Studying the list of most-read articles, news stories and features published on It’s Nice That in any given year is always a solid indication of what really captured the creative world’s imagination across a 12-month period. Last year, for instance, our Top 25 lists were dominated by new logos, big creative agency relaunches, and even an egg that became the most-liked photo of all time on Instagram (remember that utterly bizarre, if brief, cultural moment?).
But this year our lists look a little different. Hardly surprising given that 2020 has worn down the keys that spell out “unprecedented” on everyone’s keyboards. This year some of our most-read stories include Studio Ghibli releasing video-call backgrounds; an interview with the founders of Stay Safe, Stay Sane, a poster platform for expressing positivity; a collection of recipes offered up by some of our favourite creatives for those getting obsessed with cooking at home; and an opinion piece about the importance of letting go of our need to be creatively productive, particularly in a time of crisis.
Look through the stories we’re resurfacing today a few patterns emerge. Firstly, those dreaded initials “WFH” crop up a fair bit. Often the constraints of isolation led to surprisingly original and uniquely creative results, like in the Škoda advert that was shot entirely in the directors’ homes or the wonderful stop-motion animation created over Zoom by Erwin Van Den IJssel.
However, a lot of our top stories were also about initiatives set up in response to the pandemic and its dramatic impacts on the creative community. Stay Safe, Stay Sane is one, but there were countless others – from the Quarantine Public Library to Limbo, a magazine set up to support unemployed creatives and artists, to campaigns urging others to stay at home to prevent the spread of the virus. In 2020, creatives have turned their talents en masse to helping others and supporting their communities.
Indeed, in many ways, creativity has helped us get through the pandemic. That’s not just referring to the inexhaustible stream of new drama series on Netflix or the podcasts that we’ve turned to in a desperate effort to escape our laptops. Creativity has been more ubiquitous than ever. Look, for instance, at how front windows have become a kind of public gallery space, showing scribbled rainbows (we commissioned seven of our own back in April), signs proclaiming “Thank You Key Workers”, and hand-painted Black Lives Matter fists. Despite being cooped up indoors, people have felt the need to communicate these messages to the wider world.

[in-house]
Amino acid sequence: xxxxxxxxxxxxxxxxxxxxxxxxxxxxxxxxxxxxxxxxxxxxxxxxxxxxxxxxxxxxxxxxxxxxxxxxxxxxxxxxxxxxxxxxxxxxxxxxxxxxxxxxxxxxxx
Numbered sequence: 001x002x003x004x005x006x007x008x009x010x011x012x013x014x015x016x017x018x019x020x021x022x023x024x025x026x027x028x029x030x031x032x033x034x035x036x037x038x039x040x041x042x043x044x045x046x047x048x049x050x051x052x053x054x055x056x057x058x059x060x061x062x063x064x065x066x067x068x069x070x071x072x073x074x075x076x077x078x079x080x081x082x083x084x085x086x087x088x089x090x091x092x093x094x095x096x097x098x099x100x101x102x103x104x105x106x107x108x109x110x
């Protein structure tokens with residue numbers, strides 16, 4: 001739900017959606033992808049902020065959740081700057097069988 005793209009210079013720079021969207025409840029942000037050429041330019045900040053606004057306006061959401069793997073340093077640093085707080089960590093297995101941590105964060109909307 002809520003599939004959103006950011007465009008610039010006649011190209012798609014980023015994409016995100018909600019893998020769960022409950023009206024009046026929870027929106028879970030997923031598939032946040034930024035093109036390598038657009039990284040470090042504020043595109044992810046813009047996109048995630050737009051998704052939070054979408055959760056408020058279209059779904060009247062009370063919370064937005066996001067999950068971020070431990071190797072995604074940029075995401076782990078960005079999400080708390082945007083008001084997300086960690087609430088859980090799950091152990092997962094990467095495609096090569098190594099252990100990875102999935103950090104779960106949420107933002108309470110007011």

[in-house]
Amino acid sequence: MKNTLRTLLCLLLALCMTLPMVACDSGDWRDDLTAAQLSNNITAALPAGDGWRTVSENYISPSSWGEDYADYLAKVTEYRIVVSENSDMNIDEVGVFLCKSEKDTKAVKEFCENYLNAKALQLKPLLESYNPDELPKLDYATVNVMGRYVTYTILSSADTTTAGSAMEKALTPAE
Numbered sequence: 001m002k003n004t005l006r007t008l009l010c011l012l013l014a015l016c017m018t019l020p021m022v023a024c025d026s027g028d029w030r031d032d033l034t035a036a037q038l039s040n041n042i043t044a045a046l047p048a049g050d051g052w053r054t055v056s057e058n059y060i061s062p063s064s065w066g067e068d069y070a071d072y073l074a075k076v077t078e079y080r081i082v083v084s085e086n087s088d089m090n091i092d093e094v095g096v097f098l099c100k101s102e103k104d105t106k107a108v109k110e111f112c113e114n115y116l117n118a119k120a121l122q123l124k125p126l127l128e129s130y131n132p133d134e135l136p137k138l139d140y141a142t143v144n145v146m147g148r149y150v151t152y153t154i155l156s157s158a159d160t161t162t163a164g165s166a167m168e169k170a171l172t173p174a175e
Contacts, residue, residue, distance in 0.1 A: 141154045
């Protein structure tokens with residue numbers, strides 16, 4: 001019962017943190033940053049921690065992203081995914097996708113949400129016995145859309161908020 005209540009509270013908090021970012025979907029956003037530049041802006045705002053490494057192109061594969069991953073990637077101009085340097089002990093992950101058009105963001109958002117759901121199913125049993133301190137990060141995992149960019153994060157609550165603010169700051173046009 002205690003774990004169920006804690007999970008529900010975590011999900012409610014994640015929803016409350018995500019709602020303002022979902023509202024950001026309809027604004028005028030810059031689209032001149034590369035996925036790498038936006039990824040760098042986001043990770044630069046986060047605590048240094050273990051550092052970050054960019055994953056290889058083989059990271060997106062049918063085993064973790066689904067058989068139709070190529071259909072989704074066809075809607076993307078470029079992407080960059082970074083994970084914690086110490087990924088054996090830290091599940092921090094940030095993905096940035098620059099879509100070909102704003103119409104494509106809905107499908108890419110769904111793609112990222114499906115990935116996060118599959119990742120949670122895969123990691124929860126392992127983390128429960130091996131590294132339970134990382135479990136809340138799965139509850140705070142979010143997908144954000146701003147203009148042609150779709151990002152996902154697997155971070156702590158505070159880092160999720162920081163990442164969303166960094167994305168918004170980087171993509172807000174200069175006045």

As this suggests, creatives have this year dedicated themselves and their skills more than ever to social and political causes. The Black Lives Matter movement led to the establishment of thousands of new initiatives, such as See in Black – launched by Joshua Kissi and Micaiah Carter – and Change the Lens; but it also forced the creative industry to look at itself and face its failures on structural racism. (We at It’s Nice That were no exception – we made a series of commitments in June; you can find the latest update on what we have been doing since, as part of the HudsonBec Group, here.)
Diversity has never been such a high-priority issue within the creative industry; yet there is always the danger that brands and agencies alike pay lip service to it without enacting genuine change. As Shanice Mears, co-founder and head of talent at The Elephant Room, wrote in an opinion piece for us: “The industry still has a long way to go in making sure that the resources that are out there continue to amplify young talent, and it isn’t a short fix. I can’t predict whether anything is here to stay or not, but I do know that nobody is waiting for permission.”
For our part, we at It’s Nice That will be working to continue improving the ways we amplify young talent in 2021 and hopefully far beyond. As ever, if you have any thoughts on how we can improve or if you have any other feedback, then please do get in touch with me at firstname.lastname@example.org. In the meantime, we hope you join us over the next two weeks in our moment of pausing and reflecting on 2020, courtesy of our latest Review of the Year.
Daniel Gebhart de Koekkoek: Pin-Up Guinea Pigs (Copyright © Daniel Gebhart de Koekkoek, 2020)